I apologize to readers waiting for a post. I’m behind. Friday was my 51st birthday. I know I’m past the point where it’s acceptable to announce my age, but I don’t feel 51. I don’t know how I’m supposed to feel. I’ve lived most of my life out of sequence.
I married my one true love at age 30. I had a teaching career for 21 years. Instead of settling in for 10 more years of work, I quit cold-turkey to be come a mom. I was 42. The second child came when I was 44. After spending days, nights, and weekends with other people’s children, I decided to hang around the house to raise my own. I haven’t regretted the decision. When people ask, “Do you miss teaching?” I answer with a question. “Do you miss a toothache when it’s gone?”
Now, I’m a writer, too. The funny thing about writing is no matter how many craft books you read or lectures you attend, the only way to be a writer is to write. No one can tell you how to manage your life when you work on your own. I have tremendous days of personal insight and awareness. Then, I have days when I’m a blathering idiot. It keeps me humble. Just when I think, “A-ha! I know the secret to the universe. Follow this roadmap to publication.” The earth quakes, and I shudder. Darkness falls all around. Every good idea I ever had falls out of my head and into the circular file next to my desk.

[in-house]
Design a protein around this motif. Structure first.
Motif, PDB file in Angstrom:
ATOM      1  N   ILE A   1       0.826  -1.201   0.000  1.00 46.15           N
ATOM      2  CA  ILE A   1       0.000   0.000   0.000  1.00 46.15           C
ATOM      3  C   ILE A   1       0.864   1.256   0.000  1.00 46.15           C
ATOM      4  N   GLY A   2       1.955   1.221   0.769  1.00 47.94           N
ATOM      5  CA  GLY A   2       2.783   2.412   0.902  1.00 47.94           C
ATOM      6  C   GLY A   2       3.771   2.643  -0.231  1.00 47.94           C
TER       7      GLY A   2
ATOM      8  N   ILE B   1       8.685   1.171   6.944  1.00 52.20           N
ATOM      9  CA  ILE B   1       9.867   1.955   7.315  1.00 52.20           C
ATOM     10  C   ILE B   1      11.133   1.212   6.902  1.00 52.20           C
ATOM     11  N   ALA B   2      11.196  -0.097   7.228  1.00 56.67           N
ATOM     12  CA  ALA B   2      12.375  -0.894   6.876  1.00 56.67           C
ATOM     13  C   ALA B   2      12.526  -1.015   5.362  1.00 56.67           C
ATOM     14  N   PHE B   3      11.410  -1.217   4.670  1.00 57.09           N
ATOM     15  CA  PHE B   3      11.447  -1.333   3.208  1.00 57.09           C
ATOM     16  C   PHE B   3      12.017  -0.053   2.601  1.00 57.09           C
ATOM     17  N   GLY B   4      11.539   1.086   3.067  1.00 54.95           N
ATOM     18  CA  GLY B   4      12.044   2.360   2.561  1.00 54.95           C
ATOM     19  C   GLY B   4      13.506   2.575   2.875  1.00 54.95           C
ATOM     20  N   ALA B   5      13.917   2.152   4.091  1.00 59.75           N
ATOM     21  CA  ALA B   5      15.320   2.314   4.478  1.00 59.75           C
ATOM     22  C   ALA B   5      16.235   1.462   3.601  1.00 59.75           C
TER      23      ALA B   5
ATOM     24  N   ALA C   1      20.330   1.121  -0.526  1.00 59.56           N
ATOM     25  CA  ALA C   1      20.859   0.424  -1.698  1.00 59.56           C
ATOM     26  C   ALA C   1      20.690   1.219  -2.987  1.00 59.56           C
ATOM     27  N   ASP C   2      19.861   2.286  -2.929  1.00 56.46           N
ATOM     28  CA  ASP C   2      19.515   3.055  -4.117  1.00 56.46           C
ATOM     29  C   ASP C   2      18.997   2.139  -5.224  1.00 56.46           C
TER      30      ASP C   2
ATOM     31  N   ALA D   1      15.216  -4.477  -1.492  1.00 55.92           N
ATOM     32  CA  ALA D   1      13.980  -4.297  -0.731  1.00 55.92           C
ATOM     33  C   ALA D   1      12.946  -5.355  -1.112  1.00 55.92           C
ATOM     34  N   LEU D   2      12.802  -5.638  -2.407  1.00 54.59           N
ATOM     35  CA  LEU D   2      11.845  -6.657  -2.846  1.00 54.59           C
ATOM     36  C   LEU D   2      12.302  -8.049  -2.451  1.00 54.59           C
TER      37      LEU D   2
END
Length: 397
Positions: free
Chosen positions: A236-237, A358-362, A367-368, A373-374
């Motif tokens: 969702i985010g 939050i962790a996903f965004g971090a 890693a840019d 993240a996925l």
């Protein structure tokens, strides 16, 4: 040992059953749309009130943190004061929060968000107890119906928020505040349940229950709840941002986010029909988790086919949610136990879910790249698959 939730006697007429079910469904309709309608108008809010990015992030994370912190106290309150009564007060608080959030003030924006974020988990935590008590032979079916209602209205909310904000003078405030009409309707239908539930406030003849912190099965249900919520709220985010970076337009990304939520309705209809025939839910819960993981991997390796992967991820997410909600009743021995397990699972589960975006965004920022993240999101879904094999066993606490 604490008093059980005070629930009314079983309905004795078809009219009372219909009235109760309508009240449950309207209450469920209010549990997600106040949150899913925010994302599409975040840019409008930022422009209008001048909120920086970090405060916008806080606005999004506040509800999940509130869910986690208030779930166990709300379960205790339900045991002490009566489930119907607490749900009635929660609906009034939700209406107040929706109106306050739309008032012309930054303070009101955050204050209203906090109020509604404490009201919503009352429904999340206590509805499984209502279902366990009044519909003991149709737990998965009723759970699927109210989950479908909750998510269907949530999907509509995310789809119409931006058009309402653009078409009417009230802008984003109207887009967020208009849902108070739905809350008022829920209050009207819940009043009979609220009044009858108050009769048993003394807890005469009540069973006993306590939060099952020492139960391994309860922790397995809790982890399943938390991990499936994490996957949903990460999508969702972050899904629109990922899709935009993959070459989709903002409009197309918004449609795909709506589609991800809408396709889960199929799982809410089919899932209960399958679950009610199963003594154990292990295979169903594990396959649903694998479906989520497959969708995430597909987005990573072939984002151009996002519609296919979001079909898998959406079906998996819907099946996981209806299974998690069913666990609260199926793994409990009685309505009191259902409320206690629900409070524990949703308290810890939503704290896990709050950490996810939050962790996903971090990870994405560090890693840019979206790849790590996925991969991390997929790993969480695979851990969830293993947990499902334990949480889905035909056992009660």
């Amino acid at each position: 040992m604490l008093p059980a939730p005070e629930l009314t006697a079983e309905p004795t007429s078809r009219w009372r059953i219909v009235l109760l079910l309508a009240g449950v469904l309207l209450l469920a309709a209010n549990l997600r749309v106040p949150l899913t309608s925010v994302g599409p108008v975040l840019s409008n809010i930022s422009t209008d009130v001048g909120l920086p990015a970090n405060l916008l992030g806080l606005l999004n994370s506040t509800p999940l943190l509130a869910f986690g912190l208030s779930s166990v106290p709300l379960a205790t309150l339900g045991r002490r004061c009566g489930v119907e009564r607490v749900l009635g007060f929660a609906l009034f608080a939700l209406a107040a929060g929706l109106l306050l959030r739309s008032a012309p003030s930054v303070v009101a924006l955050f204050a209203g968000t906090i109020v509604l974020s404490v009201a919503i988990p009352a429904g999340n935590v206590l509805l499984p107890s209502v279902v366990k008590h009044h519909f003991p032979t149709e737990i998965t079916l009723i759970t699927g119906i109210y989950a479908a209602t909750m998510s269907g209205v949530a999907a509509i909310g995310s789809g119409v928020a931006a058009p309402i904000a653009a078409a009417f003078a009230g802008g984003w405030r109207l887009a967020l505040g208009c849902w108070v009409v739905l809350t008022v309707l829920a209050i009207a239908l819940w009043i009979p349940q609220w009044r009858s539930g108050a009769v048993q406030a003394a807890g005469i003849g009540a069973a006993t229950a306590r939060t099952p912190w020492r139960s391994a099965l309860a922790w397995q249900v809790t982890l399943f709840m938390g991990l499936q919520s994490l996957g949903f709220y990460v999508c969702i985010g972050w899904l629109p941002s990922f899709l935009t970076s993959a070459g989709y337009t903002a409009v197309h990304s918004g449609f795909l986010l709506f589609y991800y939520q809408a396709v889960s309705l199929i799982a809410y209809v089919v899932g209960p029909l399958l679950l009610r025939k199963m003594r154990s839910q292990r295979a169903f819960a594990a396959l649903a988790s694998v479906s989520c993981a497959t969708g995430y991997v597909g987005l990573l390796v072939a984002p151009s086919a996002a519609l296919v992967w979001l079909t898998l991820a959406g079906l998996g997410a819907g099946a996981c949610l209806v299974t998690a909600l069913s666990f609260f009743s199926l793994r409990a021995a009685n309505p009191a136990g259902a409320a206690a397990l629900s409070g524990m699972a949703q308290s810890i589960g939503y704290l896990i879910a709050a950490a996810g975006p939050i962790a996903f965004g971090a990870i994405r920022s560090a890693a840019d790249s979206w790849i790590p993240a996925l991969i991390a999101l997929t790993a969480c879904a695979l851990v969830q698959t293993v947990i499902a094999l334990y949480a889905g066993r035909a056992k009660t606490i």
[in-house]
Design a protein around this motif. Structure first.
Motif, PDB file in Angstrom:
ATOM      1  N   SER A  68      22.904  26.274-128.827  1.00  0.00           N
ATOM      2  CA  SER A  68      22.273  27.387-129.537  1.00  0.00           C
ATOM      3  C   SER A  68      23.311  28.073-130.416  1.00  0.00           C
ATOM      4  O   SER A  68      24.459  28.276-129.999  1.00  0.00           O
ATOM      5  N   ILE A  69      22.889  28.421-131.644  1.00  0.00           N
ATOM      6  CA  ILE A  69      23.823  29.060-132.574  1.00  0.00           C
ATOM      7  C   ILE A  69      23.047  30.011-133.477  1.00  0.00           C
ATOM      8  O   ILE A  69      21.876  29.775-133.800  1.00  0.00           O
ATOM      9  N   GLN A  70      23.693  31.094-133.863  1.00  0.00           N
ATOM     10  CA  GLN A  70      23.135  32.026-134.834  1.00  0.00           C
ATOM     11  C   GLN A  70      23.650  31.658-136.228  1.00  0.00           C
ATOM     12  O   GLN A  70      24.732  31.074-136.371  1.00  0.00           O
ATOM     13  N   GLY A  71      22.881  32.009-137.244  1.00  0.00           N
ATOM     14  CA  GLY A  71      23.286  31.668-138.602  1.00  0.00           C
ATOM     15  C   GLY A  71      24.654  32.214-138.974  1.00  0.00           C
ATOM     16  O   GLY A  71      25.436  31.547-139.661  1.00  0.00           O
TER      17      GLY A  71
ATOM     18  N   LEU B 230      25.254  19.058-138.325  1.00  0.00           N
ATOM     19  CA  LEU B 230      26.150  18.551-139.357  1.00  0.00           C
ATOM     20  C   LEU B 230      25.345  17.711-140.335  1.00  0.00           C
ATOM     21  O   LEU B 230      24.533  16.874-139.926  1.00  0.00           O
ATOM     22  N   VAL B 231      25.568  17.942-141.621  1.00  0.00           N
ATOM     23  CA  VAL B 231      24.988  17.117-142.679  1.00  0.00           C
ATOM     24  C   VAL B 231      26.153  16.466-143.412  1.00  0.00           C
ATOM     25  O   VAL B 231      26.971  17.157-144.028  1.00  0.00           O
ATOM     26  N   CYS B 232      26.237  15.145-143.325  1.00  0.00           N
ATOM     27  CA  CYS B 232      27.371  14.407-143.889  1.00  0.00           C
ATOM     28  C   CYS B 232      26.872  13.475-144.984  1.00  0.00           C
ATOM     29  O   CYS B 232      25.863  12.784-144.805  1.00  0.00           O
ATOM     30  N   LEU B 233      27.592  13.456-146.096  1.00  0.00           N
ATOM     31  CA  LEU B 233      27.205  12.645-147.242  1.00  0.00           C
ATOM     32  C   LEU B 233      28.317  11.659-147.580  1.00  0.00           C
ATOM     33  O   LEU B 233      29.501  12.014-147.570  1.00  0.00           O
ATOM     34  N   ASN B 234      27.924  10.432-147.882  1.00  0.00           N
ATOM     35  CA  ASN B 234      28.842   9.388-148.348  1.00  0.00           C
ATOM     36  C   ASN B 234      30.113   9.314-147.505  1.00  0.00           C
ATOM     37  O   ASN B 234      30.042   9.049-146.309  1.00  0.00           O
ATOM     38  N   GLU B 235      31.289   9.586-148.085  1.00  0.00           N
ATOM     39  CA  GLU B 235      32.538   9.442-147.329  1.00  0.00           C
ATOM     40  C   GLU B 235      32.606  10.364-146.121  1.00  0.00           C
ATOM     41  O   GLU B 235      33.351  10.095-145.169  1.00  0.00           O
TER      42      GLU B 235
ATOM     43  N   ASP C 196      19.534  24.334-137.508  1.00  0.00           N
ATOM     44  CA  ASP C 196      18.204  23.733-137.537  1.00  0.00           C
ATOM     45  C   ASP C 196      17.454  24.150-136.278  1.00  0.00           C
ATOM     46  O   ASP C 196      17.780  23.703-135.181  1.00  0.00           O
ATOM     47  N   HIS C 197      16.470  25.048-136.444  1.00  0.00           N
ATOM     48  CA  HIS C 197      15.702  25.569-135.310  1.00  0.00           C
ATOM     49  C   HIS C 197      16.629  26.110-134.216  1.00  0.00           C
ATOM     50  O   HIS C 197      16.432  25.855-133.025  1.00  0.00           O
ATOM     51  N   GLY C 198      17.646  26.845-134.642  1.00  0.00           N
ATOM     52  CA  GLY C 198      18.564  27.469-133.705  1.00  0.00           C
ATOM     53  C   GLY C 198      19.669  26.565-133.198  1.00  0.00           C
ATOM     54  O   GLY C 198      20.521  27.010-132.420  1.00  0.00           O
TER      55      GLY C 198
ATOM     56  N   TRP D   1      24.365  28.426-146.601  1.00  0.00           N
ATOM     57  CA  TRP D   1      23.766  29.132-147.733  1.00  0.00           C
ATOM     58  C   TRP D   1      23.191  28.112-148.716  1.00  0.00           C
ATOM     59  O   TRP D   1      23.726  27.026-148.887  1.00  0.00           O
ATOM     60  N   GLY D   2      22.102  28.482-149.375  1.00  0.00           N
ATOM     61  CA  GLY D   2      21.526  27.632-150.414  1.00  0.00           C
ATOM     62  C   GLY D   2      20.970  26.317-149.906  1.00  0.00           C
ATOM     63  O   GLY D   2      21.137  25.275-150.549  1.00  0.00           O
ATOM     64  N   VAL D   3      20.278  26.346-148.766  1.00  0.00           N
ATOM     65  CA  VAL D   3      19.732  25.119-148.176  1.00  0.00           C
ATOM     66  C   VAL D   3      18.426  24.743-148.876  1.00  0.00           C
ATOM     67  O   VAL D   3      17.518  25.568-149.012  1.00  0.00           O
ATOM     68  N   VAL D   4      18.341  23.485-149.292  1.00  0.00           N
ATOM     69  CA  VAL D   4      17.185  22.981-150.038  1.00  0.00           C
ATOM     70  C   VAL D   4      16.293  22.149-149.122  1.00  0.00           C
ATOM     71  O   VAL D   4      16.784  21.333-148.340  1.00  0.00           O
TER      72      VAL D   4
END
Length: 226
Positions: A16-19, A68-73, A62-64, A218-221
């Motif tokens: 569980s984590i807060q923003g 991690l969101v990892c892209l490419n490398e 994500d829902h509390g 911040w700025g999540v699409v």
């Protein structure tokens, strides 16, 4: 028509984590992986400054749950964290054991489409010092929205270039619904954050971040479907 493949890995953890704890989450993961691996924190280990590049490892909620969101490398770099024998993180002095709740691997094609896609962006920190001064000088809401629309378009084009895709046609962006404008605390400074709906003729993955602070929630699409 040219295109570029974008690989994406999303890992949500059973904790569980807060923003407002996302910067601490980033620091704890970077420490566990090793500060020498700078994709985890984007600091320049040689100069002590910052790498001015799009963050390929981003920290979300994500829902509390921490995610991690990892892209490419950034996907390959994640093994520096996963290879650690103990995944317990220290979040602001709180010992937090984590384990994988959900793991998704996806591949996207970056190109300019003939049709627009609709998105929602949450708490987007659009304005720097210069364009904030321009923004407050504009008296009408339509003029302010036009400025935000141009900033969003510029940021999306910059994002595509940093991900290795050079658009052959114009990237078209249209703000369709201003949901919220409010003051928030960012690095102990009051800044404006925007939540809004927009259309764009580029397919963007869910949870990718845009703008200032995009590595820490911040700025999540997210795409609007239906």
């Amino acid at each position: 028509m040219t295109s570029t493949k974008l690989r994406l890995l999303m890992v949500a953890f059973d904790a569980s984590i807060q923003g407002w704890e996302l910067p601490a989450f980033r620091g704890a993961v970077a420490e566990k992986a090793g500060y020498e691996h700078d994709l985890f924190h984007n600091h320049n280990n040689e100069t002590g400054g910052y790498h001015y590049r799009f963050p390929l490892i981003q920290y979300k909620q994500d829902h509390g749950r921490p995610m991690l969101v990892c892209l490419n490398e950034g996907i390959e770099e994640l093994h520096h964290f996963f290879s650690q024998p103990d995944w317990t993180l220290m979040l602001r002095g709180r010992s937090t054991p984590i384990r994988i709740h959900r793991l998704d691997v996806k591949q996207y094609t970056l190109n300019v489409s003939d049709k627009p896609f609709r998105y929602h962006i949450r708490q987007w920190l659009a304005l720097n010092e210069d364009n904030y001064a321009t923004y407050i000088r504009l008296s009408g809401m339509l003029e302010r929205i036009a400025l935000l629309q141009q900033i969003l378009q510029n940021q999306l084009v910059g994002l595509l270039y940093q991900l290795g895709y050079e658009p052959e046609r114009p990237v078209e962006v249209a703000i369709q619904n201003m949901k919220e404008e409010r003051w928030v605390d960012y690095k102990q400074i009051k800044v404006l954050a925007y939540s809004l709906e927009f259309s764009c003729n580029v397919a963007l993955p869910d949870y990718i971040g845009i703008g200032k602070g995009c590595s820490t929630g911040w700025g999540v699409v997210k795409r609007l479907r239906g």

Last weekend BBC2 (Big Brother Crisp #2) and my wonderful sister-in-law, Cookie Crisp, came to visit. My family gave me a fabulous birthday that included my favorite dessert, Symphony Brownies and ice cream. (Symphony Brownies are like a bacchanal for chocoholics.) We had a great time.
BBC2 and Cookie headed home Sunday morning. I judged a few writing contest entries for my RWA Chapter, and I wrote four pages yesterday. This morning, I woke up to discover I had lost rhythm. It happens. When it does, I have to take a little time to get myself back together. Author, Julia Cameron advocates taking an artist date. For me, it was an excuse to push a basket around Target for an hour.
Now, I’m back. E.L. Doctrow once said, “Writing a novel is like driving a car at night. You can see only as far as your headlights, but you can make the whole trip that way.” Here’s to finding my way back to the road in the dark.